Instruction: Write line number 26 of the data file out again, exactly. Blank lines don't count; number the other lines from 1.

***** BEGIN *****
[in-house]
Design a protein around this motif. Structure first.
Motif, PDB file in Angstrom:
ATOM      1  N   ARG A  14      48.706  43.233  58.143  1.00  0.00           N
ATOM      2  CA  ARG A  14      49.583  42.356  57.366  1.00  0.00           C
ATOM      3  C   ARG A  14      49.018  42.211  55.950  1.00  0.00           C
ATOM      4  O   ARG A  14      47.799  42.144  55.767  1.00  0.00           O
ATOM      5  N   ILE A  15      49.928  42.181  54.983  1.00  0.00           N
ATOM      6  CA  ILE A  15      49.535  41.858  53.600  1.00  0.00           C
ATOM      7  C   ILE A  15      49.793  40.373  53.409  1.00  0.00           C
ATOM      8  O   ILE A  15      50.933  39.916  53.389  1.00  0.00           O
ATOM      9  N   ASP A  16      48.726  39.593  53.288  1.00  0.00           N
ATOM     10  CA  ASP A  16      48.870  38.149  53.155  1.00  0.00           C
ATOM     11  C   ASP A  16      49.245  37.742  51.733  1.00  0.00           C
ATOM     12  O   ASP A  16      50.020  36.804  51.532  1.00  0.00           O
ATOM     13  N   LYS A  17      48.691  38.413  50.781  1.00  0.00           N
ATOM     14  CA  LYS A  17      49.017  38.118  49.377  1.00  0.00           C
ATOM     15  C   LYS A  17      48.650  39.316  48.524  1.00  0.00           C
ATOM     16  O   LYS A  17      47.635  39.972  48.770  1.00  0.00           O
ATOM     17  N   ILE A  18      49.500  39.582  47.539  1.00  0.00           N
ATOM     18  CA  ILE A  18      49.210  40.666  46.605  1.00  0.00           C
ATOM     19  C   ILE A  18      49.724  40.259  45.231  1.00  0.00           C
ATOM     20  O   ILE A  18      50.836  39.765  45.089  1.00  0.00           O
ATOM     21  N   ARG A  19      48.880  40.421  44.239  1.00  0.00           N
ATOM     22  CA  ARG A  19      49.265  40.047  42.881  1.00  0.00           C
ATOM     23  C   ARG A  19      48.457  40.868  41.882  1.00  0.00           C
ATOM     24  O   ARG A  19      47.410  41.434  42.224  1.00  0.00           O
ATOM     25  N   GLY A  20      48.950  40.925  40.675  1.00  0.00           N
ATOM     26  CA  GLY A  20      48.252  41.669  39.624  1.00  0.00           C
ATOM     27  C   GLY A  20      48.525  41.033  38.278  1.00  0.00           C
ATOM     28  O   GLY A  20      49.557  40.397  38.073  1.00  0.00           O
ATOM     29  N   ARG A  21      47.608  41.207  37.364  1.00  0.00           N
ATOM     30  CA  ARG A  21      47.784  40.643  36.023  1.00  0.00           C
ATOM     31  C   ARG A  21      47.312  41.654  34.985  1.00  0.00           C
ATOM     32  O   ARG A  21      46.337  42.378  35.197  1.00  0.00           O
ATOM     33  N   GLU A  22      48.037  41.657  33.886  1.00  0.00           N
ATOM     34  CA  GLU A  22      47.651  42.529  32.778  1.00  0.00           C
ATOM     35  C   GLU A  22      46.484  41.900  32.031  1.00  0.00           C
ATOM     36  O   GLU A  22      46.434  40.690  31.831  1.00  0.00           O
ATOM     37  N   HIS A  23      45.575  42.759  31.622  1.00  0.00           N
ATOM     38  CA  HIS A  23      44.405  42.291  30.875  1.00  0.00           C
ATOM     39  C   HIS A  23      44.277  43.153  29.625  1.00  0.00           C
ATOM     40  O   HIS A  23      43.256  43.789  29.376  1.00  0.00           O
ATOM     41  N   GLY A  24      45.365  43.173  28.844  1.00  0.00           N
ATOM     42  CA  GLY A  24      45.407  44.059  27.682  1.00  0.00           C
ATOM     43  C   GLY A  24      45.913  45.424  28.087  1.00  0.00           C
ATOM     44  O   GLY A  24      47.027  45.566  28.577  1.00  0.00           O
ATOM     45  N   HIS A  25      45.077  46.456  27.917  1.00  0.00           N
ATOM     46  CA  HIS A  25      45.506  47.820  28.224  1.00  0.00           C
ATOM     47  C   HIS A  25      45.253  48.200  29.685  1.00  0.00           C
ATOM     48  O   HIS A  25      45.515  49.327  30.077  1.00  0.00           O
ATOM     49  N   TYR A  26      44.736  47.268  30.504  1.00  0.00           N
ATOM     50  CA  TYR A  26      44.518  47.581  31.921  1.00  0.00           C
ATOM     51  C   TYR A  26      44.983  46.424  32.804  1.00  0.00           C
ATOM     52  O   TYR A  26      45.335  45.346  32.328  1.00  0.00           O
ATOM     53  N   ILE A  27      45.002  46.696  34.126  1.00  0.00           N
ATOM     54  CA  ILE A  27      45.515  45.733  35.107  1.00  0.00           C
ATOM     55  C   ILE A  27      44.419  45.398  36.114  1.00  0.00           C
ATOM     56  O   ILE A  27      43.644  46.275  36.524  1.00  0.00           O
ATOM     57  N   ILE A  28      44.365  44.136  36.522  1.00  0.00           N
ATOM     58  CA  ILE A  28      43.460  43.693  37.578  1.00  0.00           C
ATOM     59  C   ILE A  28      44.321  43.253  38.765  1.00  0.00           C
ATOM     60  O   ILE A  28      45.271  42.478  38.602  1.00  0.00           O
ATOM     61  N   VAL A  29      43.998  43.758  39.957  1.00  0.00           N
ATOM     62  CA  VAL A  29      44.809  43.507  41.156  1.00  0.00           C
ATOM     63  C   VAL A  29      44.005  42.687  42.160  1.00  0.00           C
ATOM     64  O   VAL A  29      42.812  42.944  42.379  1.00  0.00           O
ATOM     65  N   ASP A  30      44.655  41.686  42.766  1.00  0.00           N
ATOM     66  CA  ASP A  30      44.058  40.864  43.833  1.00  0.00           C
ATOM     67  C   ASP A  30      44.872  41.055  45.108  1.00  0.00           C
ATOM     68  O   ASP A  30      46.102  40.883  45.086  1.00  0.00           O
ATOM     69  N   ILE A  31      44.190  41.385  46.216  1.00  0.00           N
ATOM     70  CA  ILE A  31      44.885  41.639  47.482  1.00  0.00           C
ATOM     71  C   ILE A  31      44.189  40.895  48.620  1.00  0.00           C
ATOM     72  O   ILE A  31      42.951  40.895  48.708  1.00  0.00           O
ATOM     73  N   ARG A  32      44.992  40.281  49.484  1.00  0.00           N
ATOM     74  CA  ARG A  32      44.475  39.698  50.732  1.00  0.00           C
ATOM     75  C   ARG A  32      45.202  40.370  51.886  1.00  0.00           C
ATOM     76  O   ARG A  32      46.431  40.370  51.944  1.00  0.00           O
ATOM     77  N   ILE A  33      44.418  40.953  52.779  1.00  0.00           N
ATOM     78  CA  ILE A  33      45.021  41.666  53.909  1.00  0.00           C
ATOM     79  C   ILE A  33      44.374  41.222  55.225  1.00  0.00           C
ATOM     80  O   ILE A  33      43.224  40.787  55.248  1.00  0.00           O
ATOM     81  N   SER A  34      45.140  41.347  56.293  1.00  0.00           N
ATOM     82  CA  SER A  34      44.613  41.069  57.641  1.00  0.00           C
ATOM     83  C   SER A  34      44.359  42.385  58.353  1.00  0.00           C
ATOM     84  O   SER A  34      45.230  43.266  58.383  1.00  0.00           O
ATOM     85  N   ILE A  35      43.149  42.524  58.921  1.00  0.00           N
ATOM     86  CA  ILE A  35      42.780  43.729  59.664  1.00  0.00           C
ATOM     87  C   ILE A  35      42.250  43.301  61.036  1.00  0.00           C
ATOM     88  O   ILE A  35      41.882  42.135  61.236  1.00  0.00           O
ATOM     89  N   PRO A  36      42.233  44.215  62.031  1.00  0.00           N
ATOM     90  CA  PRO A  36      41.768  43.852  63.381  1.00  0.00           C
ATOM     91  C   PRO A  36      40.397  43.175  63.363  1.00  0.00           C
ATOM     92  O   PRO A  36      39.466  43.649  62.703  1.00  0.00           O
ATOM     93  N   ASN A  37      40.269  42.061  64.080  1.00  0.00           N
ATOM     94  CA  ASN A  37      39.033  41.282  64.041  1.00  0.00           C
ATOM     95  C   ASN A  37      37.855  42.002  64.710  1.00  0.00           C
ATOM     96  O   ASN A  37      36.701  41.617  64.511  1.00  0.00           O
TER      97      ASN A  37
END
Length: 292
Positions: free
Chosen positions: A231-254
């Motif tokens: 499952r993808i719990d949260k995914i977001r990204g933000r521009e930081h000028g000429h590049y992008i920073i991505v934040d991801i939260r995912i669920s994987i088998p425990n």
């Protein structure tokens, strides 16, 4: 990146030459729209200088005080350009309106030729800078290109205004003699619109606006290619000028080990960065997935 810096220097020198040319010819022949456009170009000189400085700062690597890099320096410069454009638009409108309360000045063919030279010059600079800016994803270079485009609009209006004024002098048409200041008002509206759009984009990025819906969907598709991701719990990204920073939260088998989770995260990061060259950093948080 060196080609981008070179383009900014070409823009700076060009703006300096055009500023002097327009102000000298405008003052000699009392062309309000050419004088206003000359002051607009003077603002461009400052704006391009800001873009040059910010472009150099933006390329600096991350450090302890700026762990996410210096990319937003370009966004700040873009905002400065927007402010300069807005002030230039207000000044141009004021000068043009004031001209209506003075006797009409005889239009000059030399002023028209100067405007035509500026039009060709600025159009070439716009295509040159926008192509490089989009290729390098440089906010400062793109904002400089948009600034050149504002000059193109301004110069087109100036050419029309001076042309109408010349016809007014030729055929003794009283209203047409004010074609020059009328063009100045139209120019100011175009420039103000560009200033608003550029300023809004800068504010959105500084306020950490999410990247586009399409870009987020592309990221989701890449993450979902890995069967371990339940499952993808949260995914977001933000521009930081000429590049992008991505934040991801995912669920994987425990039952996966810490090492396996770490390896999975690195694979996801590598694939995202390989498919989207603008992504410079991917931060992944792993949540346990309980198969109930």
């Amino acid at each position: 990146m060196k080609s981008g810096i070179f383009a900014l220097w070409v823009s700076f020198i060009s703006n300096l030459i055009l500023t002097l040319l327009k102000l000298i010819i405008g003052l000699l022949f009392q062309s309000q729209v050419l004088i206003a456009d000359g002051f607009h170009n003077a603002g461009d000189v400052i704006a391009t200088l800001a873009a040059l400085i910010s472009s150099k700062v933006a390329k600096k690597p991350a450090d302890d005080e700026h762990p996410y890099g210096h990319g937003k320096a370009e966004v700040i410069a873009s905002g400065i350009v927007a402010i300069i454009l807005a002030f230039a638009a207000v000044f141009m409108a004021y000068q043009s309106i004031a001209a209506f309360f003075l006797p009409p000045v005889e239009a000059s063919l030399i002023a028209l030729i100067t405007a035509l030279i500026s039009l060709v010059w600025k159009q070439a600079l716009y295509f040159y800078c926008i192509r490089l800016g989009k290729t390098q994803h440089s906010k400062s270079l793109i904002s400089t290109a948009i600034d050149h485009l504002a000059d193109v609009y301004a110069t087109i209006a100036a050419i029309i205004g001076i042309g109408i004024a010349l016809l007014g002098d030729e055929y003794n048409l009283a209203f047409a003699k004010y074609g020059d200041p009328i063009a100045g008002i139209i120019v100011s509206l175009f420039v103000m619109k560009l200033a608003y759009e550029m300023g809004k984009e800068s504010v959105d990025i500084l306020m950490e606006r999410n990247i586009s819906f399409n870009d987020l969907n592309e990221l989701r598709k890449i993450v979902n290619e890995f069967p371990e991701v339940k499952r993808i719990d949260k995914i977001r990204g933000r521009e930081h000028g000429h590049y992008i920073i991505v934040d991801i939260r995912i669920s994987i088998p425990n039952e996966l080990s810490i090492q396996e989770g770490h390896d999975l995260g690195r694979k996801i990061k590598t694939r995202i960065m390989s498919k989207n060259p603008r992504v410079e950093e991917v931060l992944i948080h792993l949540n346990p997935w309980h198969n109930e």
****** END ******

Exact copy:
ATOM     23  C   ARG A  19      48.457  40.868  41.882  1.00  0.00           C